amazon AR M20 reviews
Luxurious design, subtle and slightly hard
The AR M20 looks like a smartphone with a 5 inch screen and a small AR logo on the bottom. The machine’s edges are made of metal with a matte finish surface with delicate diamond trim. The top of the bezel is AR-M20.
AR’s previous M2 product had a rotation to adjust the volume at the top of the machine, but to the M20 it dropped the detail and used the buttons on the right. The edge also contains a power button, a micro-SD memory card slot for up to 200GB capacity. The bottom of the machine has a 3.5mm headphone jack and a micro-USB charging port. The back of the machine is covered with glossy black glass printed in the AR logo in the middle which looks very luxurious. The M20 is 0.39 in. (0.9 in.) Thick, which is very thin compared to products from Astell & Kern or iBasso. Another drawback of the M20’s design is that the edges are not rounded so it feels uncomfort in the hand, but users will not be hold machine longtime as mobile as the phone so this is not a big problem.
To run the software smoothly, the company uses the Snapdragon 400 CPU. This is an old chip, but still quite strong for the player.
In terms of sound, AR uses the Burr-Brown PCM5242 DAC chip, which can read 32-bit / 384kHz music. The machine can also read DSD 64-128 but must be converted to PCM before playing, not directly. To amplify the audio signal, AR uses Texas Instruments TPA6120A2 Amplifier. It has a capacity of 32GB, but can be expanded with a micro-SD card. In addition, as a device running Android, users can expand their memory further using the OTG protocol via micro-USB.
Android software is minimalist
AR M20 is pre-installed with Android 4.3 Jelly Bean. It has minimalist operating system, only one home screen, one app drawer, AR Music Player music player. While there is no Google Store, but an Android device, the M20 can install an external app with an APK file. The S400 is a pretty deep Snapdragon chip, but everything on the machine is smoother, less lag / jerk phenomenon. The M20 is also well equipped with basic wireless connections such as Wi-Fi and Bluetooth, so it’s no problem to stream music using a Bluetooth headset.
The AR Music Player software is also designed for a minimalist, easy-to-navigate user experience, which can find songs by name, albums, singers, streams and even arrange music by folder. But perhaps the room is not perfect because it sometimes closes or turns off the music. This is a software issue, so AR can fix it with an update.
where can you get a AR M20 online
Acoustic Research AR-M20 Hi-Res compatible audio player(Japan domestic model): Buy it now
The AR M20 test was conducted with Earsonics Velvet, AKG N40, AKG K612 pro.
The older AR M2 player version has the ability to pull the headphones very strong. There have been reviews using the M2 with the HD800 – a pair of extremely difficult pairings of Sennheiser. The M20 is primarily designed to meet the needs of in-ear headphones and earbuds, so pulling capacity is also weaker. When coupled with in-ear earphones such as Earsonics Velvet, AKG N40, M20 gives enough listening volume at 60% volume scale. Try the AKG K612 pro, the M20 gives enough volume to hear at 80%, but the sound is lacking and not enough detail. So obviously, the M20 is not a good device to mate with many types of devices, only suitable for in-ear headphones and earbuds and will give the best sound quality with these types.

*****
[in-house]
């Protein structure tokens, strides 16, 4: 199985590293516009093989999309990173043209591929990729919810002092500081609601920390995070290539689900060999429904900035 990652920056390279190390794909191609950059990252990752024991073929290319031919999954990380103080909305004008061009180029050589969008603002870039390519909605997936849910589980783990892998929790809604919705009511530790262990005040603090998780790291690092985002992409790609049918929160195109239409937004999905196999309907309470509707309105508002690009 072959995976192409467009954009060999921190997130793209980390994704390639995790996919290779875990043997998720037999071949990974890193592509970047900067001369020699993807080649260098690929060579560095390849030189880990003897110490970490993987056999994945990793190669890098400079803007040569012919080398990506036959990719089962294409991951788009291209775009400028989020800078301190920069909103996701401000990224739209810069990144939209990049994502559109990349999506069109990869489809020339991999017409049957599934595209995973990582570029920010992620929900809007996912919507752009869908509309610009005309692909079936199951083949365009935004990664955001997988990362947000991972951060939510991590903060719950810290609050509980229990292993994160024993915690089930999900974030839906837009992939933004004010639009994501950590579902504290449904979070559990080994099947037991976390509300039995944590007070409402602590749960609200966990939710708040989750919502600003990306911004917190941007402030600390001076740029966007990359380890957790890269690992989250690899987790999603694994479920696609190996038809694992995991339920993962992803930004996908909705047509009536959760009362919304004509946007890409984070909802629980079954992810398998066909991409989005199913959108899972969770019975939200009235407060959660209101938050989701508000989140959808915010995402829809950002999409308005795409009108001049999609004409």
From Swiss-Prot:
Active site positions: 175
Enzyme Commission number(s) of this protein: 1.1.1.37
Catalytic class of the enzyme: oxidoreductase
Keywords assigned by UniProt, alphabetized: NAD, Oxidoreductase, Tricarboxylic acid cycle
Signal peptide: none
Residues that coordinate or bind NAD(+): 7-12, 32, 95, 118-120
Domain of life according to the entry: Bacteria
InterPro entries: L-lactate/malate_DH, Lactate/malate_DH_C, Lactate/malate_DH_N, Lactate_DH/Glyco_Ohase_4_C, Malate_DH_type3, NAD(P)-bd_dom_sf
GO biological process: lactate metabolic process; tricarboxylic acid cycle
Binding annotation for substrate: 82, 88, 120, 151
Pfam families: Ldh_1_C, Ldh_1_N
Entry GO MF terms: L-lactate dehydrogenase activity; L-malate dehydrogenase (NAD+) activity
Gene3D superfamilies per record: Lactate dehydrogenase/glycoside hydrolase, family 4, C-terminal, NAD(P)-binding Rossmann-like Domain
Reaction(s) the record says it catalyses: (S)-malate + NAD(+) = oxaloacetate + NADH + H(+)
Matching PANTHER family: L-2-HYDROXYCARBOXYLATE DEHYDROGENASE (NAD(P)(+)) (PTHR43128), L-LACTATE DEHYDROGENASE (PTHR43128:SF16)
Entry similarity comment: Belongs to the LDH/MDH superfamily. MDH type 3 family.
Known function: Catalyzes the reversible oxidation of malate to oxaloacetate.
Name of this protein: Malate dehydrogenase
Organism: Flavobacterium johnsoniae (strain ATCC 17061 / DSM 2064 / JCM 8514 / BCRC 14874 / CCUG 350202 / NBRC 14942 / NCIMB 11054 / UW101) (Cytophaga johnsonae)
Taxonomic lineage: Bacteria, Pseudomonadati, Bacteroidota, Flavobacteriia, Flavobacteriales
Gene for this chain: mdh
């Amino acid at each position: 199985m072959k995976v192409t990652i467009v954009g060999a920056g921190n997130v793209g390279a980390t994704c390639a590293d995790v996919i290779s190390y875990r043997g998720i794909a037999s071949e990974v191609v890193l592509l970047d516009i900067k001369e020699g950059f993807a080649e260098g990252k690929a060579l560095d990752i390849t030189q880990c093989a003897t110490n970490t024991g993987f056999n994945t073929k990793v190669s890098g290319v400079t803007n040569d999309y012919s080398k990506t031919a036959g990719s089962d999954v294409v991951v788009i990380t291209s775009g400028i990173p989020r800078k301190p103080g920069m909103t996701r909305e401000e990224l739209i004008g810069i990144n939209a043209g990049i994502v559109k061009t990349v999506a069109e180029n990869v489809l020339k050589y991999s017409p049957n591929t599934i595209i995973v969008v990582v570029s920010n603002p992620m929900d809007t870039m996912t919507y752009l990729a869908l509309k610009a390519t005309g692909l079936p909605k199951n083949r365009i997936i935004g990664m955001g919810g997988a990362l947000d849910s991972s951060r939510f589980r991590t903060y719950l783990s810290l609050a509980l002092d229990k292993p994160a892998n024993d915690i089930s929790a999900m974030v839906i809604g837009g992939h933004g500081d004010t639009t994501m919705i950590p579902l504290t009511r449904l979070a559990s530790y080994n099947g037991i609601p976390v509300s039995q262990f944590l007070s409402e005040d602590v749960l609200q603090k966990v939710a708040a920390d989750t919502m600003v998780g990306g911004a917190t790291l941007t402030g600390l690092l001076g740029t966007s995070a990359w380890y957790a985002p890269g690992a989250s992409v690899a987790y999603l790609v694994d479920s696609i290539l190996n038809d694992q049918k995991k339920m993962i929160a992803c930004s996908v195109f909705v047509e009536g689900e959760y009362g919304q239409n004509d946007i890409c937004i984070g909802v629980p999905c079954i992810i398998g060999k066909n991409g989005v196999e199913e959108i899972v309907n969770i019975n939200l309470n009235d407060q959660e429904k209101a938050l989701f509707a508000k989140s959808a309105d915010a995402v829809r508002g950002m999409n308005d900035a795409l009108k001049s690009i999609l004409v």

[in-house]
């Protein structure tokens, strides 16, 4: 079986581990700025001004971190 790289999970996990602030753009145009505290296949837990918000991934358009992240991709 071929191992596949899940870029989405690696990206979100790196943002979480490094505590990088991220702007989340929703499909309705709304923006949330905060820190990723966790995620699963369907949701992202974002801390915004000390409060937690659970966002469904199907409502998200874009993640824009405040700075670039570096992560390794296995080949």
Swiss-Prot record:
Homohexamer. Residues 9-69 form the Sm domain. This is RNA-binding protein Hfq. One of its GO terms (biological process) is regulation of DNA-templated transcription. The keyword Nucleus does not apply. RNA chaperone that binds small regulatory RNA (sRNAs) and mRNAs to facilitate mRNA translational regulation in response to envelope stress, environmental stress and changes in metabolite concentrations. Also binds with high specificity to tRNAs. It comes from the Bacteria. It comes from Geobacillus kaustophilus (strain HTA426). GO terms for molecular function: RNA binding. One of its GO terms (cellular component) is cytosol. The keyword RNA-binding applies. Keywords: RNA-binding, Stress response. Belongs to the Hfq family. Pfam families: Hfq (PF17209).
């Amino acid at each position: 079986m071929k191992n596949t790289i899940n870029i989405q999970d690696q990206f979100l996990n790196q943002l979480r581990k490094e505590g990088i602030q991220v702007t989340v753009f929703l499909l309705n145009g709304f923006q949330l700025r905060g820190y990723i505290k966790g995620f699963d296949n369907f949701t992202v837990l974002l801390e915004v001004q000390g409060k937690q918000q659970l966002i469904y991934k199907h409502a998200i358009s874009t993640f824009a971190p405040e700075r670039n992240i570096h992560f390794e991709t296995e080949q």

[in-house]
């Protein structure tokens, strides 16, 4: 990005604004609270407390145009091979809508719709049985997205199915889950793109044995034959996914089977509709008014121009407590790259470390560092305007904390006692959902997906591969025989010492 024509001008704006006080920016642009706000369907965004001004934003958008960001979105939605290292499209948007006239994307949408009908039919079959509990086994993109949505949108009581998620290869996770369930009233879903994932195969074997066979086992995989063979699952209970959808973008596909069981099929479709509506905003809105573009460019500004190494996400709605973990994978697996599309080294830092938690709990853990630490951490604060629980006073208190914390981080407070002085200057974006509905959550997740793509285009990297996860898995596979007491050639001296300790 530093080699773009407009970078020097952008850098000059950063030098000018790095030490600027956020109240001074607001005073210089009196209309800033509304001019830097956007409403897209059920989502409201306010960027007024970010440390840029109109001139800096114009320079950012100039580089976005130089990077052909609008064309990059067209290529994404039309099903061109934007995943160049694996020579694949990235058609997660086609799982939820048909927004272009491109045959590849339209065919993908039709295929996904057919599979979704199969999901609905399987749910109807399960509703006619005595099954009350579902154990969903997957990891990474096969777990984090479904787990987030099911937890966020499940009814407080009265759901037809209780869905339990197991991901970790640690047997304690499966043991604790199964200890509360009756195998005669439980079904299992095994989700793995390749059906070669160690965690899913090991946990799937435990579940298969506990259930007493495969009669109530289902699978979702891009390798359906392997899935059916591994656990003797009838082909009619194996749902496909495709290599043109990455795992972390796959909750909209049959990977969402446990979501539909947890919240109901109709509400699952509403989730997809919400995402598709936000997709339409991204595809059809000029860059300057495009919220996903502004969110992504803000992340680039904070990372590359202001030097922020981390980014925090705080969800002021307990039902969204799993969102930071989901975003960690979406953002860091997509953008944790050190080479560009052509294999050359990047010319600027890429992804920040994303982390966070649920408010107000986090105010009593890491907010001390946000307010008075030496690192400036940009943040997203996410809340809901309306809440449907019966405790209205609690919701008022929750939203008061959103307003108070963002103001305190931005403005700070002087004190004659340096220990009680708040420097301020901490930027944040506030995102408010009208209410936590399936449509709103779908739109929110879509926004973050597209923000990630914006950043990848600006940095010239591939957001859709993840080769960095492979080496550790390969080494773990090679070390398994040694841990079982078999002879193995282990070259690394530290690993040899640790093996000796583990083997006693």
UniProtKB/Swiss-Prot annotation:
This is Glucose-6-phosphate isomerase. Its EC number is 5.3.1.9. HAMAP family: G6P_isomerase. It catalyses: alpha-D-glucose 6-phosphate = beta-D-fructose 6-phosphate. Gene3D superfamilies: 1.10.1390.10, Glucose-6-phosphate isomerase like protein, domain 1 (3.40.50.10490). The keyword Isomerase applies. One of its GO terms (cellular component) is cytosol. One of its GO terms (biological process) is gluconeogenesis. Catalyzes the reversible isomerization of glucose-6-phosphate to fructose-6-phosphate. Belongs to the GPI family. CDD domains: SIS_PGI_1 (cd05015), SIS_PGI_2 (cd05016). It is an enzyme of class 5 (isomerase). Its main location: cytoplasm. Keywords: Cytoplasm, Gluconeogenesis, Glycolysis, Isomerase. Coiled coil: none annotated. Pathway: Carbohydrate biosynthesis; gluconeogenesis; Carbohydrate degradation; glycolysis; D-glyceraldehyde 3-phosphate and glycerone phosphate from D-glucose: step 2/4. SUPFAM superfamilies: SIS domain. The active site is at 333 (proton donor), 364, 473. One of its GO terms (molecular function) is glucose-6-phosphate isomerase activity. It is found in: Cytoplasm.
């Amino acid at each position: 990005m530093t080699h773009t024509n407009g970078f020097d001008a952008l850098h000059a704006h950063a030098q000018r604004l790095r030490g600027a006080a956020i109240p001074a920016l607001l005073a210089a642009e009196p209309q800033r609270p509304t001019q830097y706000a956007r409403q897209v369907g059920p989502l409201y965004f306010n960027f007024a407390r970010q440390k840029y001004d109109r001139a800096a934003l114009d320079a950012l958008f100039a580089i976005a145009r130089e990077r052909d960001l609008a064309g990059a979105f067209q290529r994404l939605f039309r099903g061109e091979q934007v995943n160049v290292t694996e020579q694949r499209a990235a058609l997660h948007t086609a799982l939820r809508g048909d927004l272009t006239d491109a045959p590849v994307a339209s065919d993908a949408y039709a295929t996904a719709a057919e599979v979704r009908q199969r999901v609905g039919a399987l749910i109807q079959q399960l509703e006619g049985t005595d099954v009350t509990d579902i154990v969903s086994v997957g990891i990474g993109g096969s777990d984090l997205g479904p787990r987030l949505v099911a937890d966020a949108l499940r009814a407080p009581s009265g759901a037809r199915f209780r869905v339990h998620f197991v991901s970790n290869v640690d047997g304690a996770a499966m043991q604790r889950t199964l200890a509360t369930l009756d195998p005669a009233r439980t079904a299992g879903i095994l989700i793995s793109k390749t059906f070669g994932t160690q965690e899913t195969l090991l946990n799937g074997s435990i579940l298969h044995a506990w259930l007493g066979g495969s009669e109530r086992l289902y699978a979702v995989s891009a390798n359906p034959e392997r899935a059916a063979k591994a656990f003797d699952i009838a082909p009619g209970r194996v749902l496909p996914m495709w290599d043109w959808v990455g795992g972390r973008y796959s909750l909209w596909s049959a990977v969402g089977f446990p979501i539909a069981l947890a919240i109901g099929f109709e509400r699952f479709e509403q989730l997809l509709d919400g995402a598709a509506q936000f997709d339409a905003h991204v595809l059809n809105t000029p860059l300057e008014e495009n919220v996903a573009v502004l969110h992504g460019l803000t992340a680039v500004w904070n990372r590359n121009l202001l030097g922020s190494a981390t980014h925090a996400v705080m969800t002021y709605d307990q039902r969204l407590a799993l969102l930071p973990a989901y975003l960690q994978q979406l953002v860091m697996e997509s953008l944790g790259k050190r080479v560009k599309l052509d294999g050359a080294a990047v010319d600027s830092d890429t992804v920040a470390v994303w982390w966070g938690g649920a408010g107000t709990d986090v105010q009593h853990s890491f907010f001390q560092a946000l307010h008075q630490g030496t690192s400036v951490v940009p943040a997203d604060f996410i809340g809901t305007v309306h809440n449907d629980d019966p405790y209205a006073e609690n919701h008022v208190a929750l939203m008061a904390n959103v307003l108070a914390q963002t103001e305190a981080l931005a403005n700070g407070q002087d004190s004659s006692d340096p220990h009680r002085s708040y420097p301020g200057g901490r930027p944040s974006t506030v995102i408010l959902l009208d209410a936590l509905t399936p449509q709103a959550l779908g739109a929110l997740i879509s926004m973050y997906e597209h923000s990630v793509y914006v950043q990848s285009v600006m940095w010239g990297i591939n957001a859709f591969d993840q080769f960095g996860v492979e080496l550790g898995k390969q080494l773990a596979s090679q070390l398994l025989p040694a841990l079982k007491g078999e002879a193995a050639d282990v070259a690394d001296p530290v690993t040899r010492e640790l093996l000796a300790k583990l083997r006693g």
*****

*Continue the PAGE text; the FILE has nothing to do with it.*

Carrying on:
The M20’s bass range is slightly above average, even when the effects are off. This bass volume is not too much of a nuisance, but enough to realize, even when compared to the AK100 – a heavy bass product as well. Acoutic Research has adjusted to a large volume but the bass drum is not excessive. The sub bass is deep, showing the weight of this part. In Is not no sunshine with Velvet earpieces, the duo reproduces a very heavy contrabass, with a clear and rounded texture, layers. The drum sounds and bass instruments play focused, less diluted. The mid-bass section is also neat, not too long, though quite a bit. The level of detail in this bass is remarkable, the chords of bass guitar, contrabass are well peeled off. The M20 will satisfy bass-head needs with a heavy, but no loss of quality or buzz.
The mid-section is shown AR M20 forward, neutral and especially high detail. Compared to the AK100, the AR M20 reproduces advanced, streamlined, and lighter voice. Try with the vocalist Norah Jones in Painter Song, the voice is separated from the guitar, hear the small bits, the strings. Voice M20 reproduced with more accent than slightly, so feel more confident than the AK100. With some lyrical music, the AK100 is a slightly lighter, easier to hear and wet vocalist, but it is clearly down to the detail of the M20. When combined with the AKG N40 headphones use the High boost filter, the M20 controls the sibalance in the high midrange, though it is not dazzling but the vocal is still high and rolls off. This mid-range makes the M20 easy to pair with the headset, and it reproduces exactly the details, not the overly lurid.
When listening to two N40 and ES Velvet headphones, hi-hat, crash in Dave Bruback’s Take Five was well controlled and did not create sibalance. Even when using the N40 pair with High Boost filter, the sound is less annoying due to the dazzling sound.
One of the strengths of this player is the ability to reproduce very good sound. Of course, the results depend heavily on headphones. AR M20 will not be able to make the music scene of low-end headphones more spacious. But when coupled with high-end headphones, the machine will maximize its reproducibility. The amplitude of the sound field is M20 well done, the instruments are pulled apart enough to not resist or stick. The depth of the stage is not inferior, as is evident in Ottmar Liebert’s guitars, the instruments are carried around the listener’s head, giving a clear 3D feel, both in width and depth.